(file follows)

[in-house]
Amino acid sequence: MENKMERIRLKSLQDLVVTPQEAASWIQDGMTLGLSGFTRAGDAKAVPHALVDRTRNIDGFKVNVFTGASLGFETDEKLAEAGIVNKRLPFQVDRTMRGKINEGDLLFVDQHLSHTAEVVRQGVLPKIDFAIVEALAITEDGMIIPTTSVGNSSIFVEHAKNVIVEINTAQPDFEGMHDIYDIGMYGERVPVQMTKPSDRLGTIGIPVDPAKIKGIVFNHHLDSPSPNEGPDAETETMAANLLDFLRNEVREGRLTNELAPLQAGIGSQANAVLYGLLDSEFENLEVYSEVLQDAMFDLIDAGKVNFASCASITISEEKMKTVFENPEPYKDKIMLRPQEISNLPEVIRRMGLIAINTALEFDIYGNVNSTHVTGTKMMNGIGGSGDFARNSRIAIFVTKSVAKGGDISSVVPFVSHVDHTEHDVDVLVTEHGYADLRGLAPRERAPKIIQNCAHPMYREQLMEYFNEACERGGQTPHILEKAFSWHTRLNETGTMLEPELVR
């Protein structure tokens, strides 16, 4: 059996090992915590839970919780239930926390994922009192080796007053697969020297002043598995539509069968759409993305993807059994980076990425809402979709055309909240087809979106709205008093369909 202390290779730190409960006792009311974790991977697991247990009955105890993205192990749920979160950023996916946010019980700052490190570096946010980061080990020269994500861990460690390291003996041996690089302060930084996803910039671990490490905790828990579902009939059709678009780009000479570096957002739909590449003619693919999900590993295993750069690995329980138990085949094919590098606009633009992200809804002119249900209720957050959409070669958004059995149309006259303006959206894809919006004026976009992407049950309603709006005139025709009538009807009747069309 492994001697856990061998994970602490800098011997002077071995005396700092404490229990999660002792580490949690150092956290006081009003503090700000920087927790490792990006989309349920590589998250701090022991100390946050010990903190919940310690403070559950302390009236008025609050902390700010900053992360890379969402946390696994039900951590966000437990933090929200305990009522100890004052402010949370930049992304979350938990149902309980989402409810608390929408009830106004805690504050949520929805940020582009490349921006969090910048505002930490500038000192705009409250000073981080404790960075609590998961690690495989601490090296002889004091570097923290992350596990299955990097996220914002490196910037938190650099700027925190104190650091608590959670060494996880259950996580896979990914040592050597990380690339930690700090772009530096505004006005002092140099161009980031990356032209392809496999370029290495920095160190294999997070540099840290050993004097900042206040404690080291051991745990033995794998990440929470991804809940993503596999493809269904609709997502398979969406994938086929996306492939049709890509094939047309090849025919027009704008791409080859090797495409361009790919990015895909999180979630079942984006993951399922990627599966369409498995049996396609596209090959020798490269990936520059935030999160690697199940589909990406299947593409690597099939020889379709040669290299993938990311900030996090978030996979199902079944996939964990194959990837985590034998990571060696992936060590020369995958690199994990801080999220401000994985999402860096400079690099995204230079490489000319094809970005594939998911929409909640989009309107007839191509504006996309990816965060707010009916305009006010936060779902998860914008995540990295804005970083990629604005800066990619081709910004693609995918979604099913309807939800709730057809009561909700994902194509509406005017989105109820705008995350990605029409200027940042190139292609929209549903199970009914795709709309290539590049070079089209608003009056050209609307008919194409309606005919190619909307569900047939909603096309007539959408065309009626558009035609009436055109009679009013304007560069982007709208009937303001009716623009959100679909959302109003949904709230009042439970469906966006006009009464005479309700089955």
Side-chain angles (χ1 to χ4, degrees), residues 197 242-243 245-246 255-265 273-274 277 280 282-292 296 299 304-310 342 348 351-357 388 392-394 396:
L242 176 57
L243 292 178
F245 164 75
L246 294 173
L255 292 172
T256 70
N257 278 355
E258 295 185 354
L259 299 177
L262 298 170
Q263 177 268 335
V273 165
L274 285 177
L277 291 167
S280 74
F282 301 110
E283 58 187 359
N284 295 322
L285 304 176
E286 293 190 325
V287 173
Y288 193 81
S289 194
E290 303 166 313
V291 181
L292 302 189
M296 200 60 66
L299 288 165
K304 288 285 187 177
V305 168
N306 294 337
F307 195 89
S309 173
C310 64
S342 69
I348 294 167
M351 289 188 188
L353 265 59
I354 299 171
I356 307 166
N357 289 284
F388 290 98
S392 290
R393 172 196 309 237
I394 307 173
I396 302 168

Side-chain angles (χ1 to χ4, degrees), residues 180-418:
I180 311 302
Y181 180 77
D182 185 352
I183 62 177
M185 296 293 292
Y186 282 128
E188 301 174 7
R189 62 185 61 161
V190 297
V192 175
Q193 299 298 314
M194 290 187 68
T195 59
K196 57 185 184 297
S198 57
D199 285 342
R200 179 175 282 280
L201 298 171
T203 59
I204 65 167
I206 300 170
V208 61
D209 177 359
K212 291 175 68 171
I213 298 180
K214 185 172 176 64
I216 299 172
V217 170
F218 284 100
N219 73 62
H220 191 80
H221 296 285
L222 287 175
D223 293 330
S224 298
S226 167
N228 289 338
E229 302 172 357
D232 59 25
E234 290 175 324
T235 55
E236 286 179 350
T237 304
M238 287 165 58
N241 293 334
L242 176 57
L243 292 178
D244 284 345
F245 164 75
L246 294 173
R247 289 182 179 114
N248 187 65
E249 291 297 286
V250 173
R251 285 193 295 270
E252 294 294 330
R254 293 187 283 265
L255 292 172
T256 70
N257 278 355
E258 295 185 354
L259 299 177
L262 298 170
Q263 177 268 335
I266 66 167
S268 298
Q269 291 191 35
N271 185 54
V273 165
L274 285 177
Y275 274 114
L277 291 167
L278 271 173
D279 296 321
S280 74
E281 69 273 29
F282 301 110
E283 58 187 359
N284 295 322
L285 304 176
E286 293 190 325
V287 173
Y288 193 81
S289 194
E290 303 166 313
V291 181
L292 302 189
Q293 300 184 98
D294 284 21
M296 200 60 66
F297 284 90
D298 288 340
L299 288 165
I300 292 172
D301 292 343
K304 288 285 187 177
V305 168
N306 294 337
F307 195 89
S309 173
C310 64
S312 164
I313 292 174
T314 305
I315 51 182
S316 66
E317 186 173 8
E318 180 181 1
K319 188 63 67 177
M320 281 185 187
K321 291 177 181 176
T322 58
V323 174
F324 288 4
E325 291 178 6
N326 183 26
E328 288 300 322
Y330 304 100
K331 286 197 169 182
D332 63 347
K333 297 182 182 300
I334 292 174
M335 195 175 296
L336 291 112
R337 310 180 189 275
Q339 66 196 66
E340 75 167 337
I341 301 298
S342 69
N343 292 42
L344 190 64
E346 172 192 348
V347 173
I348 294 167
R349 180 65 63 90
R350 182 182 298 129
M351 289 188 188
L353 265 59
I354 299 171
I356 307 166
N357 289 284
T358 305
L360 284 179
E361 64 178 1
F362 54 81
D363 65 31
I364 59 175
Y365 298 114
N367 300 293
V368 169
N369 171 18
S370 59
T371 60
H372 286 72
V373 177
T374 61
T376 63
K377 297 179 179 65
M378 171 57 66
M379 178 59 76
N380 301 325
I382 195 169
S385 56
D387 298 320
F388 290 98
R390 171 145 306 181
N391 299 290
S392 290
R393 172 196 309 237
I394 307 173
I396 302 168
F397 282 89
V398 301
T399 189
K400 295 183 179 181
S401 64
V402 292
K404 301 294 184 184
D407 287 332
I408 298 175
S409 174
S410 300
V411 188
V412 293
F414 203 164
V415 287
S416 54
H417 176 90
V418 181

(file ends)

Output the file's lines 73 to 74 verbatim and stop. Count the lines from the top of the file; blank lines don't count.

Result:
V208 61
D209 177 359